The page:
Detroit Public Theatre's Signature Community Program
“I can’t tell you how much I love Shakespeare. It’s so accurate to our experience here – he uses the perfect words. I’m so glad I found this.” - SIP ensemble member
Shakespeare in Prison (SIP) empowers incarcerated and formerly incarcerated people to reconnect with their humanity and that of others; to reflect on their past, present, and future; and to gain the confidence, self-esteem, and crucial skills they need to heal and positively impact their communities. SIP began at Michigan's only women's prison in 2012 and expanded in 2017 to include men and youth as well. 232 incarcerated adults and 43 young people have worked directly with SIP, and more than 1,000 incarcerated people have participated as audience members.
So... Why Shakespeare? Why Shakespeare... in prison?
There are many perceived barriers to working with Shakespeare. People may feel that they're not smart or educated enough to touch it; that it’s only for trained actors; that it's a foreign language they can't possibly understand; that there's no way they can relate to these four hundred year old plays. On top of that, incarcerated people have been labeled by their crimes and prison ID numbers. Most have survived trauma and addiction. They have been disempowered; made to feel worthless, stupid; shells of who they once were or could have been. Most are disconnected from their own humanity and that of others.
The SIP experience profoundly alters this. SIP’s ensemble members use Shakespeare (the archetypal characters, universal themes, and familiar situations of the plays) as a tool to radically alter their perspective, behavior—and their very identities. They identify with the universal themes in these plays: love and hate, revenge and forgiveness, manipulation and victimization, responsibility and abdication thereof, among many others. They find their own feelings and experiences articulated in Shakespeare’s words, and they gain paradigm-shifting insight of all kinds through group analysis and discussion.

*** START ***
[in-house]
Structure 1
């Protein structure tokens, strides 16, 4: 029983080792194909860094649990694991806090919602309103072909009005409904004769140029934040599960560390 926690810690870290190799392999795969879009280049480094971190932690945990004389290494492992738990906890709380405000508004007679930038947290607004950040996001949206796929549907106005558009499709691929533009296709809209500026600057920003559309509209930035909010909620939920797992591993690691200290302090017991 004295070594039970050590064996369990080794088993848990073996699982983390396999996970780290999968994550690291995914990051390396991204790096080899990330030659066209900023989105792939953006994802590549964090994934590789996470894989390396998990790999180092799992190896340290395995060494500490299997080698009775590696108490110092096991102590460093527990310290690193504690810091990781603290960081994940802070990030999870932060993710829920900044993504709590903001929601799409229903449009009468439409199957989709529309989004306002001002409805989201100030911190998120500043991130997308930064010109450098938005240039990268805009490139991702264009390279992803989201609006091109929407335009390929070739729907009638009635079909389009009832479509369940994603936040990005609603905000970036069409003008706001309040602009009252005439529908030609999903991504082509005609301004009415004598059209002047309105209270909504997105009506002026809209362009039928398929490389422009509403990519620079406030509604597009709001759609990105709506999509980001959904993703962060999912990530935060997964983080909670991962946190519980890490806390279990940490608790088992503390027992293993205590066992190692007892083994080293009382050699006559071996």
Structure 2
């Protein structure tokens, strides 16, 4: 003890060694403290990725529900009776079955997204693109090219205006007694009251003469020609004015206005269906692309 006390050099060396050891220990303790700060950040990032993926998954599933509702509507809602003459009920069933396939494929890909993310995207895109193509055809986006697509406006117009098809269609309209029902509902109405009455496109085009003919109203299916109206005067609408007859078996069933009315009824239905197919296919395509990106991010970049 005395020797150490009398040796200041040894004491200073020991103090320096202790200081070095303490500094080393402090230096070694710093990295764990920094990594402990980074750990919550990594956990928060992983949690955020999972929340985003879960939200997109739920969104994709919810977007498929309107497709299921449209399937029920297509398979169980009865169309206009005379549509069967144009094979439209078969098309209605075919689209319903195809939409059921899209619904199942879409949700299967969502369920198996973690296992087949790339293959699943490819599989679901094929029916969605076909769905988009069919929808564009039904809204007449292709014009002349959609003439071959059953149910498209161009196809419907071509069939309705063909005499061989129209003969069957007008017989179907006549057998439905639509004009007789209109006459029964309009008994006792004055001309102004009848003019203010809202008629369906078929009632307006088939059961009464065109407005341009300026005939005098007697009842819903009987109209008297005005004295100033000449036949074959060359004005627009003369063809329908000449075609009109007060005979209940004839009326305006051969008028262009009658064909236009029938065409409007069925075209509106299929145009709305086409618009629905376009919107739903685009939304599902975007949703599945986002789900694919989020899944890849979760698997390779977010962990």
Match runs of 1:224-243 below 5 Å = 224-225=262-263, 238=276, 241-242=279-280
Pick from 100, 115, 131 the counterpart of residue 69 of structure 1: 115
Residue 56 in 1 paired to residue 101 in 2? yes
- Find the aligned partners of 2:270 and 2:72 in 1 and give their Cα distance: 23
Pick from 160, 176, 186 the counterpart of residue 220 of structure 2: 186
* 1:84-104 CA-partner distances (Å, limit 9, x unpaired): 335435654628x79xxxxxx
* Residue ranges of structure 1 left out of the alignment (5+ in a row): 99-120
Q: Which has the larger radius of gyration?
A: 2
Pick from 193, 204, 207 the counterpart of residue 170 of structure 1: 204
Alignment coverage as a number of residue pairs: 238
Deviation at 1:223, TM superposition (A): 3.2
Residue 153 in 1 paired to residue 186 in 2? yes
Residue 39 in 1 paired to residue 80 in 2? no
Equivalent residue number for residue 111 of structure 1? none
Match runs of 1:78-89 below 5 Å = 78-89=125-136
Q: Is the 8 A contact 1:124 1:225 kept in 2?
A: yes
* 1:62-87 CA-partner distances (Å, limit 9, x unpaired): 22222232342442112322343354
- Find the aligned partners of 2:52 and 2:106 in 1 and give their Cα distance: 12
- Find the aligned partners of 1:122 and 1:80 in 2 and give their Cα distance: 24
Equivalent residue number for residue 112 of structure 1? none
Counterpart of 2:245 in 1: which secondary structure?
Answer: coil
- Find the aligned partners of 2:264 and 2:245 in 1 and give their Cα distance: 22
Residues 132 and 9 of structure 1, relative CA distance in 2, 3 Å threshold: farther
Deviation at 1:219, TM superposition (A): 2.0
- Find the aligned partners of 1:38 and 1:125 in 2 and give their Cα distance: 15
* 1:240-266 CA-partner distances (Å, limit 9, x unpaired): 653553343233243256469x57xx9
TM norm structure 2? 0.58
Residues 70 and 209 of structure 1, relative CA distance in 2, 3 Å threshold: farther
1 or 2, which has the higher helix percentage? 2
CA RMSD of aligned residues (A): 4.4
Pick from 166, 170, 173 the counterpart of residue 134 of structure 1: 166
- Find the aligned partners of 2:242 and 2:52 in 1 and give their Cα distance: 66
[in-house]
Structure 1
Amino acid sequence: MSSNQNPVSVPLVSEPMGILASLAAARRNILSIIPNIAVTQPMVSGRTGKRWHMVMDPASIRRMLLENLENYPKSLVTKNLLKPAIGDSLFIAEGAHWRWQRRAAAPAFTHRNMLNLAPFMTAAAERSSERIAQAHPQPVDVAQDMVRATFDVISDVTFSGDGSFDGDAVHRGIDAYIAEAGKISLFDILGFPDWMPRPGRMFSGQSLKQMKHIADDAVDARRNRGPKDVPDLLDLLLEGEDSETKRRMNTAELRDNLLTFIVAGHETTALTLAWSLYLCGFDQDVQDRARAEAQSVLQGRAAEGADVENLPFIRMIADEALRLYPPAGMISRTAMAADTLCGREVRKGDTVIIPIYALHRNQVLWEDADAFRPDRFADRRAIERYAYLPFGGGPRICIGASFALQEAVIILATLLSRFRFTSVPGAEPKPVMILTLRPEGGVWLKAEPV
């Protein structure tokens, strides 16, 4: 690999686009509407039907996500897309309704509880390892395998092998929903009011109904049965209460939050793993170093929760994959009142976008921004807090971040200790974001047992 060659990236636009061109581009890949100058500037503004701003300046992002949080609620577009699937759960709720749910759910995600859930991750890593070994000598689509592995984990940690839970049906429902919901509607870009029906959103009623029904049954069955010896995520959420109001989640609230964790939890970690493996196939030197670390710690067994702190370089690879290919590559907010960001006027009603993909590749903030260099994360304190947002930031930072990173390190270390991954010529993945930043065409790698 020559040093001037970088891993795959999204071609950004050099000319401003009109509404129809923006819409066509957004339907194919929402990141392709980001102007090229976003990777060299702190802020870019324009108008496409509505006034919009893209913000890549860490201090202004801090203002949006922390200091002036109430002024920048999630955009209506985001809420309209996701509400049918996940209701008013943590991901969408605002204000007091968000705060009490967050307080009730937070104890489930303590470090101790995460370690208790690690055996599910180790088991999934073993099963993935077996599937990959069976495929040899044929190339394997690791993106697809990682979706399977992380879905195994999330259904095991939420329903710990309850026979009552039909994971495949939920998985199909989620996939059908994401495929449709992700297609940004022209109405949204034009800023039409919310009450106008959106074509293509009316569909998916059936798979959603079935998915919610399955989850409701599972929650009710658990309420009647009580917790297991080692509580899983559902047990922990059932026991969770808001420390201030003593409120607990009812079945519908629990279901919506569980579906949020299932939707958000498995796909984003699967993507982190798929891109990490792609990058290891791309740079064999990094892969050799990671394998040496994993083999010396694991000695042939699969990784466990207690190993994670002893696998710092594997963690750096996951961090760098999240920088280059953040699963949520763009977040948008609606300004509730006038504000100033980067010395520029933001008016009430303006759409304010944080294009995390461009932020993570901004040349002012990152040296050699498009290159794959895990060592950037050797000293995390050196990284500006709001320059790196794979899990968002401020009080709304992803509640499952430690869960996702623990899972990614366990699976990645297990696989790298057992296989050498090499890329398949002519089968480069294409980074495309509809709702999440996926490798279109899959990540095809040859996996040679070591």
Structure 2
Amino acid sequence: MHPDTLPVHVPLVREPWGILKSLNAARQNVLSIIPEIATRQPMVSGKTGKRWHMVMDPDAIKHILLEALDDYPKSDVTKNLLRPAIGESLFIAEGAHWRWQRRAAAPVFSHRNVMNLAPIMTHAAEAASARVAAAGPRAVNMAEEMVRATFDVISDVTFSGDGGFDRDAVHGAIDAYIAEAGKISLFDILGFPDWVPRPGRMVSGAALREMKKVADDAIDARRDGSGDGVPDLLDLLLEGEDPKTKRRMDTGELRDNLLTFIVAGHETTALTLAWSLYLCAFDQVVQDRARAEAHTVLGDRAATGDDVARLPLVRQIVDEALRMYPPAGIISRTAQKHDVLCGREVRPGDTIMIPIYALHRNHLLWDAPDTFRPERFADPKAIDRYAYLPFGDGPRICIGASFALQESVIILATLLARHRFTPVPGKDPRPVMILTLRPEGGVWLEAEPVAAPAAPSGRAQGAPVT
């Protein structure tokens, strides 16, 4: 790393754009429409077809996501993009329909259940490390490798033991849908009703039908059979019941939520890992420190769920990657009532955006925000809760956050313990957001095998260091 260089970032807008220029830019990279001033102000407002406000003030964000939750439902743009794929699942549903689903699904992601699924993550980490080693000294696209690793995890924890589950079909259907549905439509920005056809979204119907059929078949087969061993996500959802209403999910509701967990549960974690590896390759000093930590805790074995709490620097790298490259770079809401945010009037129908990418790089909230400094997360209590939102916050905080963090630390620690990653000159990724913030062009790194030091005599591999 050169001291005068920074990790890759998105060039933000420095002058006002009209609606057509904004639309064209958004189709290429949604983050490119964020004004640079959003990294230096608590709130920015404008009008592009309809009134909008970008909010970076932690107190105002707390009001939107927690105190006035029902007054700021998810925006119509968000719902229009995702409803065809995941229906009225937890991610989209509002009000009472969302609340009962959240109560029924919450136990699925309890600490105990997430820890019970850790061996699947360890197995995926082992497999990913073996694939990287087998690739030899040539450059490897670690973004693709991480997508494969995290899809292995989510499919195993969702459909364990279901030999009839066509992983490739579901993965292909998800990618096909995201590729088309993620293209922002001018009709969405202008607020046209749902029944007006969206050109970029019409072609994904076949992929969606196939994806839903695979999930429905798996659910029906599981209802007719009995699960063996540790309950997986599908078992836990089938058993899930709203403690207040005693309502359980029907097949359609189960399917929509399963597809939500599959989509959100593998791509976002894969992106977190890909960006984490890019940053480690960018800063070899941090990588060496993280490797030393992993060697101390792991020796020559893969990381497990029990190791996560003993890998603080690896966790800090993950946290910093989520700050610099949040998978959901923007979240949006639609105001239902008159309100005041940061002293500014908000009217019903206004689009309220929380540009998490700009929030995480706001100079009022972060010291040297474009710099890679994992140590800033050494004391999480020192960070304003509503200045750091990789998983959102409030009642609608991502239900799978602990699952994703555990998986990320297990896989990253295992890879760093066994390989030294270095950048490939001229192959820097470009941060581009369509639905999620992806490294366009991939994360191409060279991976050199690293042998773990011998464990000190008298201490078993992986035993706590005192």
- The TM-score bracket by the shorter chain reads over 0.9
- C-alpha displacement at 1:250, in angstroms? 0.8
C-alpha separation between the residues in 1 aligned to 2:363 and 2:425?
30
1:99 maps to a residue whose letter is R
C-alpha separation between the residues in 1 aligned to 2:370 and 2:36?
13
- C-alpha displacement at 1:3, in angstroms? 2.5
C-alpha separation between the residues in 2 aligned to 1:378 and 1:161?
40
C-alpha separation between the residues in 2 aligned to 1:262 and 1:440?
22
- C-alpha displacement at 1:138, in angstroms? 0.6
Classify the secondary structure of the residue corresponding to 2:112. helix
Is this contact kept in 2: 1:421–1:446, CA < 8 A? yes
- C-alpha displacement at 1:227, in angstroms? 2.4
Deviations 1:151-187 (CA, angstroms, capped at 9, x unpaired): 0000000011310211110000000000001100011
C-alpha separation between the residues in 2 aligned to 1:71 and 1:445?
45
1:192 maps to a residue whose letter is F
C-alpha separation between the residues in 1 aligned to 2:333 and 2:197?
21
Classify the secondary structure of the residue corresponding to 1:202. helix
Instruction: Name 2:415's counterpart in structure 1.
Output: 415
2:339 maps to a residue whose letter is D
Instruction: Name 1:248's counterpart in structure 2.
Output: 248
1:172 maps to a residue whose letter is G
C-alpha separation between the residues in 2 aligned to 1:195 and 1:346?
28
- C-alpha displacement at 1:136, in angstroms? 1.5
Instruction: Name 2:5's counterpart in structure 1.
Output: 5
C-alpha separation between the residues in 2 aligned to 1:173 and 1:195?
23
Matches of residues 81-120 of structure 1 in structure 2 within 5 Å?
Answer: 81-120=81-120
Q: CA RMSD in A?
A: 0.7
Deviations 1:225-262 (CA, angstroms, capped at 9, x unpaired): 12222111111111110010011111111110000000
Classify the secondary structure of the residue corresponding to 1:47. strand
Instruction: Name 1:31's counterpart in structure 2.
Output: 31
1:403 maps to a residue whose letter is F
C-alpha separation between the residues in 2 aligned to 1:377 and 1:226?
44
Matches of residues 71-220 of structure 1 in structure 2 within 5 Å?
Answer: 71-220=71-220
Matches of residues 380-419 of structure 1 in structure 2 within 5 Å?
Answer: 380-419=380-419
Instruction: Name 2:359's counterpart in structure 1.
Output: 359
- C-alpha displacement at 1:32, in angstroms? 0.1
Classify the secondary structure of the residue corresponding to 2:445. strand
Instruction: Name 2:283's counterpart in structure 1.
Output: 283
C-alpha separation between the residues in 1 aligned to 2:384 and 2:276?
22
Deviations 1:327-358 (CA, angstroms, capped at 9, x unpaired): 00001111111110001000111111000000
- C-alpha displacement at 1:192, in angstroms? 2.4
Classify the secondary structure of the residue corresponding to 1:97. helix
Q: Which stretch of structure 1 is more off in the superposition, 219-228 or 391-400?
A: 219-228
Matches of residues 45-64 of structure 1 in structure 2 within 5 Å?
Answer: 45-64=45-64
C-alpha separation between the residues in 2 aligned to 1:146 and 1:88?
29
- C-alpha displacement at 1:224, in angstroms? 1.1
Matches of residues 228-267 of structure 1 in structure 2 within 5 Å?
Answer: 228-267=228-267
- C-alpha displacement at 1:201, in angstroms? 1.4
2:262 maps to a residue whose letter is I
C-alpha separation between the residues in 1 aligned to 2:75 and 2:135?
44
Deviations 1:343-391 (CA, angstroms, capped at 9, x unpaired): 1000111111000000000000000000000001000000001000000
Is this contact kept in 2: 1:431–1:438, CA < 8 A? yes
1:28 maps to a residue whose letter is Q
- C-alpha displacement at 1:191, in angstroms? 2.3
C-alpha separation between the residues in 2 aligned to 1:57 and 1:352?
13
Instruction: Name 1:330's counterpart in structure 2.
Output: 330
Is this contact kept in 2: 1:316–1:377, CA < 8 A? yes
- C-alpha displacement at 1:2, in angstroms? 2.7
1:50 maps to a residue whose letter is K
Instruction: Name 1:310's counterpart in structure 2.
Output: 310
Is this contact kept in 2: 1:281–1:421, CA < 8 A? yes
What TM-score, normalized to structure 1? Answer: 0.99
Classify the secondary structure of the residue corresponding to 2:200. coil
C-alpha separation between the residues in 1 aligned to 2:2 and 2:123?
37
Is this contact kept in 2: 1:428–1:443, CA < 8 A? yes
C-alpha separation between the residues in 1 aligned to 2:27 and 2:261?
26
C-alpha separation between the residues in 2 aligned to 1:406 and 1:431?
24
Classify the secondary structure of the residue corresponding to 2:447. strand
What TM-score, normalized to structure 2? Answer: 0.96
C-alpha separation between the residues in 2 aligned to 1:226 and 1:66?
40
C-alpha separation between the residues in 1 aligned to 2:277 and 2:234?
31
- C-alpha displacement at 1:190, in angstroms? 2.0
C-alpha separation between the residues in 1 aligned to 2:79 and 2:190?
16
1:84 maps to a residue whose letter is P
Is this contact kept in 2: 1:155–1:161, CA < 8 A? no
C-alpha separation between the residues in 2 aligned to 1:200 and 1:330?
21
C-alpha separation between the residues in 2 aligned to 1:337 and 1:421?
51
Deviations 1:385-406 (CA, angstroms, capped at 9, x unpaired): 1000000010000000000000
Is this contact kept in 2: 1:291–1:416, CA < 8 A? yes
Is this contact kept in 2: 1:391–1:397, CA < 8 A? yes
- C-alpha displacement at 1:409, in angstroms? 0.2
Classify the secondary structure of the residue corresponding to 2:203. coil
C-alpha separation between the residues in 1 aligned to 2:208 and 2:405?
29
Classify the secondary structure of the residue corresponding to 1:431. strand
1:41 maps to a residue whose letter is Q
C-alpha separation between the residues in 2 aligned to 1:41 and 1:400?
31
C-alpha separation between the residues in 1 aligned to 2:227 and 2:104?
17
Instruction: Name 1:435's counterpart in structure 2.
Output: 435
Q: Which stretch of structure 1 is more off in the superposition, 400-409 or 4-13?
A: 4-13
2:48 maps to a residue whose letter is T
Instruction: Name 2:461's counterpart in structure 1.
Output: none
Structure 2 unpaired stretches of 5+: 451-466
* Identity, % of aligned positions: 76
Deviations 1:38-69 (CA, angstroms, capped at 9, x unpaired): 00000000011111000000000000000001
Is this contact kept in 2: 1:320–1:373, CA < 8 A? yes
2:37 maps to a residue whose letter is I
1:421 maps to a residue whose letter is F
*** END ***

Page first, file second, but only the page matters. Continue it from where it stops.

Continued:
In this way, they are able to connect with their own humanity—and all of humanity—in new and illuminating ways. They gain the empathy they need to alter the way they tell their own stories and understand those of others, as well as the confidence and skills that aid them in doing positive things for themselves and their communities. They stand up to, and knock down, the stereotypes that society puts on them. They gain the courage to leave those stereotypes behind. And they do.
When our least visible members of society are given opportunities to heal, grow, and gain empowerment, it benefits all of us. Those going home will no longer be invisible upon their release, at which time they will face many challenges; those with life sentences are equally challenged by the limitations of prison culture. Knowing that they have successfully worked as part of a team to put together a play by Shakespeare helps them take on these challenges; knowing they are not alone on the broad spectrum of humanity gives them hope.